IRS 2018 Tax Changes

It finally happened. After years of campaign promises and an endless news cycle, the Federal tax bill has come to fruition. Regardless of which side of the political fence you might sit, the tax bill is sweeping and will affect all individuals and businesses in the country. It is therefore important to understand just what was passed so that you can ascertain how it might affect you.

  • Standard deduction increase. The standard deduction will increase across the board, which will reduce the number of people itemizing their deductions and will also result in tax savings for many. The deduction will increase to $12,000 for single taxpayers, $18,000 for a head of household, and $24,000 for married filers.
  • Revised tax brackets. The tax bill made changes to the tax brackets, with most taxpayer generally paying less. Most people will see this change reflected in their paychecks as the withholding tables have been modified accordingly.
  • Self-employment tax deduction. Owners of a small business, such as a sole proprietorship, partnership, or S corporation can deduct up to 20% of certain business income.
  • The Child Tax Credit will increase from $1000 to $2000.
  • Individual mandate. Beginning in 2019, there will no longer be a penalty for failure to obtain health insurance in accordance with the Affordable Care Act.
  • Alimony deduction eliminated. People who pay alimony for orders entered beginning January 1, 2018 can no longer claim a deduction for these payments in their individual tax return, nor does the dependent person have to report alimony payments as income.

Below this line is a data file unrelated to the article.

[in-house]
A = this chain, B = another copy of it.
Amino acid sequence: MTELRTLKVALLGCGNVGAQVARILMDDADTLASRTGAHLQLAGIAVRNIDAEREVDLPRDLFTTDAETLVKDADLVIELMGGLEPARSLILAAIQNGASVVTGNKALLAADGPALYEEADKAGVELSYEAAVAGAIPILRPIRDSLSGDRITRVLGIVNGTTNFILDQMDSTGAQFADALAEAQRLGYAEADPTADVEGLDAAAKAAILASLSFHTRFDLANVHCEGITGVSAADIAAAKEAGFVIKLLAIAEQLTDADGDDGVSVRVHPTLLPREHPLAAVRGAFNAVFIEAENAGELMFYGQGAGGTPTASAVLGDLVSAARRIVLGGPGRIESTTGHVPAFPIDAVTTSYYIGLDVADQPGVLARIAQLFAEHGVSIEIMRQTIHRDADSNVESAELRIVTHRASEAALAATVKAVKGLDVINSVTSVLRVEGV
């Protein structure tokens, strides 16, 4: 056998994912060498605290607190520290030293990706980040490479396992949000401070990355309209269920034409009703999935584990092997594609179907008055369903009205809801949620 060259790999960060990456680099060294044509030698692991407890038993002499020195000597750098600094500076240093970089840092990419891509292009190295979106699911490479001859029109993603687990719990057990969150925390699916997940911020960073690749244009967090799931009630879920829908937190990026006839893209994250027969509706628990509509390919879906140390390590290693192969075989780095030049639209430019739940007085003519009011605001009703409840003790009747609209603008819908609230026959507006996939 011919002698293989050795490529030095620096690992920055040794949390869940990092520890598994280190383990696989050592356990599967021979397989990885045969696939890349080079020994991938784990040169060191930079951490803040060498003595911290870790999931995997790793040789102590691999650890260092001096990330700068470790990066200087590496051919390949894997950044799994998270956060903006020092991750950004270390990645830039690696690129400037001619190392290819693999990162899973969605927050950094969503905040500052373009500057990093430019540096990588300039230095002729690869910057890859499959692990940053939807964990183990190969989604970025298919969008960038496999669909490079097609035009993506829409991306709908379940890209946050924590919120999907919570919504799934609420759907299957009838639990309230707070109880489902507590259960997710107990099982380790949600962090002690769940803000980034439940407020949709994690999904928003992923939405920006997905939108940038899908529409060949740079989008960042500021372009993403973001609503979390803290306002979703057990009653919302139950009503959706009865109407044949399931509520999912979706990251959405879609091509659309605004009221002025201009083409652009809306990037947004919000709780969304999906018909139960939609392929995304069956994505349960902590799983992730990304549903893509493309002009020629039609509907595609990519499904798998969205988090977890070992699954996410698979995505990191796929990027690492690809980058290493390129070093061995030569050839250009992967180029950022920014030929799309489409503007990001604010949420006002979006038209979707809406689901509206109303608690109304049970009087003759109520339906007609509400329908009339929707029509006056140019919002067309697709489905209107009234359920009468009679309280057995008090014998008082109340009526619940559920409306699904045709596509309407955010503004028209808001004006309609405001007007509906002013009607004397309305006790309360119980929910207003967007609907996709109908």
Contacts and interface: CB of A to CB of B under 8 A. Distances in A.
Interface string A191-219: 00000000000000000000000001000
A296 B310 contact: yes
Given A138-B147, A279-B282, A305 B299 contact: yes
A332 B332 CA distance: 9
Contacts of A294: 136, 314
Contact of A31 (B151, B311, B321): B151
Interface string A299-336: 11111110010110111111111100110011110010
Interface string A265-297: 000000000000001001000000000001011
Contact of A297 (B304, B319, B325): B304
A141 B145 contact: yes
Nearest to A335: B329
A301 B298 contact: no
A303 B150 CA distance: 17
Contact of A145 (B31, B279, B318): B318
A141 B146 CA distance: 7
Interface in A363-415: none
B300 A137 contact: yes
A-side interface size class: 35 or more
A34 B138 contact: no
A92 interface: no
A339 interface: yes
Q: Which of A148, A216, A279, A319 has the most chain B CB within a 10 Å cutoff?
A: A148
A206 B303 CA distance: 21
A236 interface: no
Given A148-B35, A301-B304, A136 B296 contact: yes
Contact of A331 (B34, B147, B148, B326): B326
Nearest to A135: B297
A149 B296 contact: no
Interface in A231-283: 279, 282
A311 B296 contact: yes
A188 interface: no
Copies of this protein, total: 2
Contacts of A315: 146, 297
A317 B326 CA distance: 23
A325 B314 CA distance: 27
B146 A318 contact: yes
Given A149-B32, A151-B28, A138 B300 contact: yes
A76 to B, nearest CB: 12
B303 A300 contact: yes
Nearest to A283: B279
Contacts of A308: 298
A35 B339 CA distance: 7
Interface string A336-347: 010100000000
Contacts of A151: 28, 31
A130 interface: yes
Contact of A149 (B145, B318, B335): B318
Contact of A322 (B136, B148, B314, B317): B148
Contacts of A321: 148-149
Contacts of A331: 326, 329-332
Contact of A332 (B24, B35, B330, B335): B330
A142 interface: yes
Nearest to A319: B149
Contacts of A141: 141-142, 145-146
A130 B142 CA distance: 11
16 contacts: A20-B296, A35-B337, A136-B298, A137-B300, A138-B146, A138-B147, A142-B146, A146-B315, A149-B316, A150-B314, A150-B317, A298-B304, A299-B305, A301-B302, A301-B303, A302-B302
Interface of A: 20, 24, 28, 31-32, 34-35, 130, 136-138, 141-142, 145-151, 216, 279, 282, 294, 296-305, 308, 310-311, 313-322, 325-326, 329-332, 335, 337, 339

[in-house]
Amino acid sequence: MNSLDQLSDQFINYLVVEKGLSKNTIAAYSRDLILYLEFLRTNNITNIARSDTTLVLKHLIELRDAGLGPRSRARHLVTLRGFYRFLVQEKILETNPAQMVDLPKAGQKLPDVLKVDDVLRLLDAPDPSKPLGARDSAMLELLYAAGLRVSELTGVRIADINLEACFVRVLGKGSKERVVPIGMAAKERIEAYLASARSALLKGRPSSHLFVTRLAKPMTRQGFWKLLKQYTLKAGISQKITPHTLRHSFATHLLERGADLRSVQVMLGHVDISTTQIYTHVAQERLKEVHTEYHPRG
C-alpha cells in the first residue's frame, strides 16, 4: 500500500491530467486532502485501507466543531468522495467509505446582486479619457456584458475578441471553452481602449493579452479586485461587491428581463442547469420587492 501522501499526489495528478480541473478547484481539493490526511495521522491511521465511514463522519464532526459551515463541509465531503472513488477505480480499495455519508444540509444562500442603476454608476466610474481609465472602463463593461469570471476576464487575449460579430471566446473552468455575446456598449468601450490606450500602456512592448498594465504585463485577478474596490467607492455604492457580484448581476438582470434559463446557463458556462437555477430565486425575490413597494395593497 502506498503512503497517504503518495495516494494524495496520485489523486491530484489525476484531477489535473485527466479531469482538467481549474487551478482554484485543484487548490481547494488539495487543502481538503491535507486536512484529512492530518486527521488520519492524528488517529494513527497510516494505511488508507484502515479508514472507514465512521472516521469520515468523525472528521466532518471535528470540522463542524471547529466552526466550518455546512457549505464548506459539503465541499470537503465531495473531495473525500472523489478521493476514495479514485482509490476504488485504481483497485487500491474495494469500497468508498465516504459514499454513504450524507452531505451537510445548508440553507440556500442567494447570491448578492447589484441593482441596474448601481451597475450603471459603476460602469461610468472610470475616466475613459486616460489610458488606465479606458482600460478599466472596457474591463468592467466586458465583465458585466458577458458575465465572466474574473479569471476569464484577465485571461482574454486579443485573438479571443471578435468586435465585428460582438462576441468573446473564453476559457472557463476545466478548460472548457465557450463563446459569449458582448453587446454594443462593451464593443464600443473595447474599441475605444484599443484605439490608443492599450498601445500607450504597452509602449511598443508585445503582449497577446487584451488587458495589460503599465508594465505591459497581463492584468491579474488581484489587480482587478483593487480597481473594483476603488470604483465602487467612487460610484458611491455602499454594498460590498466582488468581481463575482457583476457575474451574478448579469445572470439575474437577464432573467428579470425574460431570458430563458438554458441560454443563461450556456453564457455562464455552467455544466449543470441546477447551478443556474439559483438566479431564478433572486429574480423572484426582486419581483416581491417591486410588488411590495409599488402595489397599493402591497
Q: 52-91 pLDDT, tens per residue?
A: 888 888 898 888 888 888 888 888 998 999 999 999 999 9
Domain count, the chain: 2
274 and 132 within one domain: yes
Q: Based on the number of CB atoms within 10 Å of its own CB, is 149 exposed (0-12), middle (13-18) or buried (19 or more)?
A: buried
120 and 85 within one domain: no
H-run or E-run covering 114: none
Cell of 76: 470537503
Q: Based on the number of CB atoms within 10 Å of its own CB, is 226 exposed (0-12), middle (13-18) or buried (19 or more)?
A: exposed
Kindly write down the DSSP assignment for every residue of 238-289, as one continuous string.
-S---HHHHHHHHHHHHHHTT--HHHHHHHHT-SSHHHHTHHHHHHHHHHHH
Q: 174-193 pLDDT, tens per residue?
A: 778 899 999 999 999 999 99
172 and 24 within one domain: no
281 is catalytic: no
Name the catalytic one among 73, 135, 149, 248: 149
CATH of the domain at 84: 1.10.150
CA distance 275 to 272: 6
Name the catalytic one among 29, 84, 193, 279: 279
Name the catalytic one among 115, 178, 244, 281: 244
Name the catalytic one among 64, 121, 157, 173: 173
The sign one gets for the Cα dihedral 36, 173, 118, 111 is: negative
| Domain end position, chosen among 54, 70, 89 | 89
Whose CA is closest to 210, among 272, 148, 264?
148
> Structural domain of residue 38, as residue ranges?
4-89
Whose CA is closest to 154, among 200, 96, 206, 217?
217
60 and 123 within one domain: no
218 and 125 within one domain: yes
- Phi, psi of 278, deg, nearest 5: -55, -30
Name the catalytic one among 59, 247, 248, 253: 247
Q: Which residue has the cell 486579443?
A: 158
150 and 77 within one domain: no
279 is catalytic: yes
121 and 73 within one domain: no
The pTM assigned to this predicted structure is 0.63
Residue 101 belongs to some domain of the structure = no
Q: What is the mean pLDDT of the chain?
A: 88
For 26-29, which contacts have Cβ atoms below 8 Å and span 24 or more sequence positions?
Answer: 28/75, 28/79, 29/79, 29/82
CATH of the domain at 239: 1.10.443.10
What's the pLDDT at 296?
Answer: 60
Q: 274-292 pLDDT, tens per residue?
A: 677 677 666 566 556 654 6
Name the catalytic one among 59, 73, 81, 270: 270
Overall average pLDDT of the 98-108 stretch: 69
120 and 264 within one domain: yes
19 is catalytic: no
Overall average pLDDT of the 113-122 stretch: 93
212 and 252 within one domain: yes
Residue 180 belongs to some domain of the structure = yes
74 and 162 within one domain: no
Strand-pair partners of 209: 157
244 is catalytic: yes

• Limitation on state and local tax deduction. There will now be a $10,000 limit on deductions for state and local taxes, including property taxes. This is a significant change for people who pay high property taxes and has led many people to attempt to early pay their property taxes before the change kicked in.
  • Estate tax exemption change. In 2017, the estate tax exemption was $5.49 million for an individual and close to $11 million for a married couple. This meant that an estate was not liable for estate taxes until its value surpassed the applicable exemption amount. The next tax bill essentially doubles the exemptions (adjusted for inflation) for wealthy estates so that an individual is exempt up to $11.2 million and a couple is exempt up to $22.4 million. Significantly, these exemptions are only written to last between 2018 through 2025, so an estate-planning attorney can help you prepare accordingly.

Call Robert S. Thomas, An Experienced Attorney

Taxes can have significant implications for various aspects of your life, including family law matters, estate planning, and tax appeals. If you need assistance in any of these subject matters, contact me. With over twenty years of legal experience, I can provide you with smart, relevant legal advice to meet your needs. Call the Law Offices of Robert S. Thomas at 847-392-5893 to schedule a consultation or visit our website today.

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